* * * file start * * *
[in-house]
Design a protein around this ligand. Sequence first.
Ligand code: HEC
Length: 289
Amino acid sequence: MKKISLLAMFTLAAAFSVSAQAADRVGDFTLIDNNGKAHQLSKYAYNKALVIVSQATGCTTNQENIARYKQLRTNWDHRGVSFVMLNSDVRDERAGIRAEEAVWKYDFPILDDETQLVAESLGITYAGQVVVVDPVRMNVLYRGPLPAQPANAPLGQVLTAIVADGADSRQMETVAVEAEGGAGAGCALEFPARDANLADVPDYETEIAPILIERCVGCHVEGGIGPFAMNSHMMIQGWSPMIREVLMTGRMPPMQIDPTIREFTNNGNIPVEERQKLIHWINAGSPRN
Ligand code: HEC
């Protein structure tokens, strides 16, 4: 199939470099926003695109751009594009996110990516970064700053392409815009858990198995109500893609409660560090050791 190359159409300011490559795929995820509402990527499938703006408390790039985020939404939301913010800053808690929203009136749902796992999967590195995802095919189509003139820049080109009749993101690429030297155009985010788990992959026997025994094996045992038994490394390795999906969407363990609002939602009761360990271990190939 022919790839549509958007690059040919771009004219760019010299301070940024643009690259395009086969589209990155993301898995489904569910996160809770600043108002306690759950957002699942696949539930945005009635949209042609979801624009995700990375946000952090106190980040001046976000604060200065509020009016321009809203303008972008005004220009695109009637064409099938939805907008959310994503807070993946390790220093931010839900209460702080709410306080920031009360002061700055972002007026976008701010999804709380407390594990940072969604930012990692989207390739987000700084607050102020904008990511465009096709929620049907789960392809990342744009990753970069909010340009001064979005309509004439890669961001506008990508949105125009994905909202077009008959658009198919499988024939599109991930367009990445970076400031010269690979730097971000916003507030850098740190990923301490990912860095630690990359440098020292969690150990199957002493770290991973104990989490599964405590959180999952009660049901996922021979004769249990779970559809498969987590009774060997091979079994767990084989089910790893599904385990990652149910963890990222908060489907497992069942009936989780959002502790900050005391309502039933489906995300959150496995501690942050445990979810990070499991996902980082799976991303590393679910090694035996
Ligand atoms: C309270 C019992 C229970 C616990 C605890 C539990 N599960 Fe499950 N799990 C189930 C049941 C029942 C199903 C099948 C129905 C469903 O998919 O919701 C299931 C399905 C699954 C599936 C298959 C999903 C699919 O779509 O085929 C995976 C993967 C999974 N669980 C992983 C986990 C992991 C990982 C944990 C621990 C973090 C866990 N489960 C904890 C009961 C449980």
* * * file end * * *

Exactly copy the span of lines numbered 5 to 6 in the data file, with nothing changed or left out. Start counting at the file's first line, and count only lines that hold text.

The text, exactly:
Amino acid sequence: MKKISLLAMFTLAAAFSVSAQAADRVGDFTLIDNNGKAHQLSKYAYNKALVIVSQATGCTTNQENIARYKQLRTNWDHRGVSFVMLNSDVRDERAGIRAEEAVWKYDFPILDDETQLVAESLGITYAGQVVVVDPVRMNVLYRGPLPAQPANAPLGQVLTAIVADGADSRQMETVAVEAEGGAGAGCALEFPARDANLADVPDYETEIAPILIERCVGCHVEGGIGPFAMNSHMMIQGWSPMIREVLMTGRMPPMQIDPTIREFTNNGNIPVEERQKLIHWINAGSPRN
Ligand code: HEC